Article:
Sunday, February 24, 2013

Gamebook traps #1 Only caring about the successful route

Hello all!

Today, I'll be talking about a mistake that I have made when writing gamebooks and that is only focusing on the successful route.  This involves working out hte correct path through the book and then just throwing in some other options that will lead to failure or just aren't the optimal path for the sake of giving the player more choice but then not really putting as much effort into writing them or even checking that they fit into the gamebook.

I noticed this after writing Sharkbait's Revenge.  I tried to make sure that all of the paragraphs were useful to go to if you made the correct choices to go with them.  However, that was never going to work out and there are some decisions that were worse than others.  For example, when you are breaking into a house, you have to face several guards.  Going through the middle is worse than sneaking around the edge of the house. 

What happened was, when I was playing through my Windhammer entry, I only focused on the optimal routes which means that I missed certain things, like the correct paragraph numbers.  I had forgotten that other people would not know that they were bad choices and make them.  I just made the best choices and made sure that they worked.

There were also problems with game mechanics.  Was I just throwing in some situatuins that would be impossible to beat and therefore might as well be sudden death paragraphs?  I also playtested the sub optimal routes a lot less so I had no idea whether anyone taking them could survive and win the game or whether they would be mercilessly killed much later for making one silly mistake and therefore having their time wasted.

How have I reduced this problem?

Check all of the options:  Yes - just having to spend some more time being more thorough would solve most of the problems.

Get someone else to read it:  This other person has no idea what the successful route should be, so they will make all kinds of suboptimal decisions and tell you if they work.  Also, you can ask them if they can tell if they know which route is the best one based on how much effort they think has been put in the paragraph.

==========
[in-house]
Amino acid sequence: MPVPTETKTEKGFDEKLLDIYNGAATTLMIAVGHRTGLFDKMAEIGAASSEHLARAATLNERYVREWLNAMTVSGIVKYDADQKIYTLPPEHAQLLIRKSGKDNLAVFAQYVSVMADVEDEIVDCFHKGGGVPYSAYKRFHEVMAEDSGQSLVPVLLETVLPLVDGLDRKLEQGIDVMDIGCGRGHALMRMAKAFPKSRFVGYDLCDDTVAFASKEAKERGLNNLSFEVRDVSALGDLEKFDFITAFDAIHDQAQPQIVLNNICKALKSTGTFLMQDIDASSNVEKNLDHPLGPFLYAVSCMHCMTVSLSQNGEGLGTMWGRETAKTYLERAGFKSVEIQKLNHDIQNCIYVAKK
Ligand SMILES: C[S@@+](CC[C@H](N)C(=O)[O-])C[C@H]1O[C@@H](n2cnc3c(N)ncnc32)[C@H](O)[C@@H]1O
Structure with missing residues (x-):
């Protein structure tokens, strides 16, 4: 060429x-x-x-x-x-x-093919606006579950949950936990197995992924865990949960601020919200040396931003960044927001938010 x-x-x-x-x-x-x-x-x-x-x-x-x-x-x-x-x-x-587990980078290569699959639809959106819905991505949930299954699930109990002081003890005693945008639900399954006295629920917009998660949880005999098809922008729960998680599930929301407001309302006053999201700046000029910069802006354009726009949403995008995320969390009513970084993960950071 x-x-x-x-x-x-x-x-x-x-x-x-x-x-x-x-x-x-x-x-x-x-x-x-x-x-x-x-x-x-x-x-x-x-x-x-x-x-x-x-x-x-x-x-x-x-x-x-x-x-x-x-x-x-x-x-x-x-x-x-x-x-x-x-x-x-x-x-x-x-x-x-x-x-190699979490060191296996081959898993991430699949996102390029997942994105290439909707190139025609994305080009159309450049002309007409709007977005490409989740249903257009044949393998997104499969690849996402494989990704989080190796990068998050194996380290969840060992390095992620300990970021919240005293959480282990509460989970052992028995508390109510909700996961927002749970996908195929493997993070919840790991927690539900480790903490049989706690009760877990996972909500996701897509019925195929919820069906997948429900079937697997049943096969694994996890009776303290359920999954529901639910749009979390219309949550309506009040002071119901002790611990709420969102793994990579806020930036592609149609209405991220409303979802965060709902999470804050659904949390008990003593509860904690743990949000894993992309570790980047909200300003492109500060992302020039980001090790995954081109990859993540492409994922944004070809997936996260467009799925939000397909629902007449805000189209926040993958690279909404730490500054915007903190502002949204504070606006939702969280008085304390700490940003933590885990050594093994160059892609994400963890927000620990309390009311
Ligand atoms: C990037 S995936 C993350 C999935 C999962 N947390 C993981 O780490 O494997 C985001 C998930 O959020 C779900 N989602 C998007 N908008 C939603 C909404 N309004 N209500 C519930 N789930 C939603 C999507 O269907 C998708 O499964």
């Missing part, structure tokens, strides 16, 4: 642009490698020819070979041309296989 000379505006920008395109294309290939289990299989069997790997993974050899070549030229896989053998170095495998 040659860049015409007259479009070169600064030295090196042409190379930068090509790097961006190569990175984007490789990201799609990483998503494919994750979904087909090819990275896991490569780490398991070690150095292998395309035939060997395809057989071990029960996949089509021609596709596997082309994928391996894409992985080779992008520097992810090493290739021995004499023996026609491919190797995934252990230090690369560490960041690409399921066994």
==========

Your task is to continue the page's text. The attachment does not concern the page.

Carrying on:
Concentrate on all the failure routes first and make the death paragraphs entertaining ways to die:  Even if the player really botched up and adventure and gets themselves killed, they still deserve an entertaining and engaging read. 

Some people care less about victory and more about the story and exploration.  Some players are probably just sadists and want to get their player killed in increasingly bizarre ways. 

All of these player types will be disappointed if they have to walk through several non-descript rooms to a two line death paragraph.  The bad routes and failures should be just as entertaining. 

Beneath Nightmare Castle and Creature of Havoc nail this idea. 

Also, from a gaming point of view, a player will have no way of working out if this is the optimal route or not based on the amount of effort put into the paragraphs.

So there we are.  Remember that even if a route is destined for failure, it still deserves your attention.

Happy gamebooking!


  1. 'Creature of Havoc' is an interesting example - it is probably the definitive gamebook that has exactly ONE correct route to succeed. A route that took me several years to find, by the by - that whole mislabelled secret door option didn't help. But yes, so much attention is paid to the death routes that there's really no clear indication of which route is the right one. It's still one of my favourite Fighting Fantasy books.

    You could also make a case for gamebooks occasionally putting TOO MUCH emphasis on routes that are destined for failure. Take the example of Lone Wolf 3: The Caverns of Kalte. Towards the end of the book it devotes a good 50 paragraphs (out of 350) to a 'certain death' route. Yes, that's attention to detail... but you wonder if the 'main adventure' might have benefitted from an extra 50 paragraphs.

    Okay, technically that's not a DEATH route - it's the only instance in the Lone Wolf books where you can actually survive the adventure even if you fail in your quest (to bring Vonotar the Traitor to justice, in this case). Though you're still not allowed to proceed to Book 4, apparently - too many story inconsistencies when you run into Vonotar again in Book 11.

  2. Never even got past the dungeon of creature of havoc : )